Update PeopleSoft Configuration

If we stopped here and created a Custom Image from this base instance, we might have some success. However, every future instance created from this image would have the exact same PeopleSoft domain configuration. There are some parts of a PeopleSoft domain configuration that are required to be unique. Also, some parts of the configuration will have a hostname “hardcoded,” etc. Here is a list of changes I made to address these concerns before I created a Custom Image. As mentioned before, there are likely more changes needed. However, these were enough to get this POC working.

  1. Update Cookie Configuration
    • Make sure your cookie configuration in the weblogic.xml file is set not to include a hostname.
    • <cookie-name>DBNAME-PORTAL-PSJSESSIONID</cookie-name>
  2. Update configuration.properties
    • Set the psserver= value to use localhost, since we are using a webapp deployment approach.
    • This will pin each web domain to use its local app domain, with load balancing and failover handled strictly by the OCI Load Balancer.
  3. Update setEnv.sh
    • By default, the ADMINSERVER_HOSTNAME variable is set to the hostname the domain was installed on.
    • Change this to be a dynamic value, driving off of the $HOSTNAME environment variable.
      • ADMINSERVER_HOSTNAME=${HOSTNAME}
  4. Update psappsrv.cfg
    • The [Domain Settings]\Domain ID value should be unique across all your PeopleSoft domains.
    • It is common for domain ids to follow a sequence number pattern. Example: APPDOM1, APPDOM2, etc.
    • Update the value to use an environment variable for the sequence number, ensuring a unique ID.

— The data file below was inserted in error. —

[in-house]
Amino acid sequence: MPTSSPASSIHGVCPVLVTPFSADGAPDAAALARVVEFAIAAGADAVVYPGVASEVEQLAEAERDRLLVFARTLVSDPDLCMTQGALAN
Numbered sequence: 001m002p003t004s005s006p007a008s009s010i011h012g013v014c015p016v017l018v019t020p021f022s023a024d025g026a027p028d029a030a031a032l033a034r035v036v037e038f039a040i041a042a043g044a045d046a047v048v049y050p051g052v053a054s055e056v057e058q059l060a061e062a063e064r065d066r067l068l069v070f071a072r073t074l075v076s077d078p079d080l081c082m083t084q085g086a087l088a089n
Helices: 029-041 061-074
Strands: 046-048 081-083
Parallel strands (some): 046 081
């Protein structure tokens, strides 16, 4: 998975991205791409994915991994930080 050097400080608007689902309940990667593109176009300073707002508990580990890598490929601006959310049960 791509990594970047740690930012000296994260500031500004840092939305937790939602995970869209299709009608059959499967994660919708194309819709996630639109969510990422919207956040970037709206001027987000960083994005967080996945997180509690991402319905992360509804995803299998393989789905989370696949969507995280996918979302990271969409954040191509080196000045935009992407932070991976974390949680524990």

• Domain ID=APPDOM%PS_DOMAIN_NBR%
      • We will discuss ideas on how to set this %PS_DOMAIN_NBR% variable later.
  5. Update psft-appserver service script
    • To ensure our domain configurations are correct and domains start properly, we should enforce a domain configure during instance creation and boot.
    • For this POC, I simply added a psadmin configure command to the domain service script.
    • For each application domain installed by the DPK, there is a service setup using a script found here:
      • $PS_CFG_HOME/appserv/APPDOM/psft-appserver-APPDOM-domain-appdom.sh
    • Update this script in the start_application_server function and add the following configure command before the start command.
      • su - $APPSRV_ADMIN -c "$APPSRV_PS_HOME/bin/psadmin -c configure -d $APPSRVDOM" 1>>$LOG_FILE 2>&1
  6. Create $PS_DOMAIN_NBR
    • In the psadm2 ~/.bashrc file, export a $PS_DOMAIN_NBR variable.
    • The goal for this is to generate a unique number that can be used in your domain configuration.
    • When an Instance Pool creates an instance, a random number is appended to the hostname.
      • Example: webapp-634836, webapp-973369, etc.
    • To leverage this appended number for $PS_DOMAIN_NBR, you can use something like this:
      • export PS_DOMAIN_NBR=$(hostname | rev | cut -d- -f1 | rev)

Create a Custom Image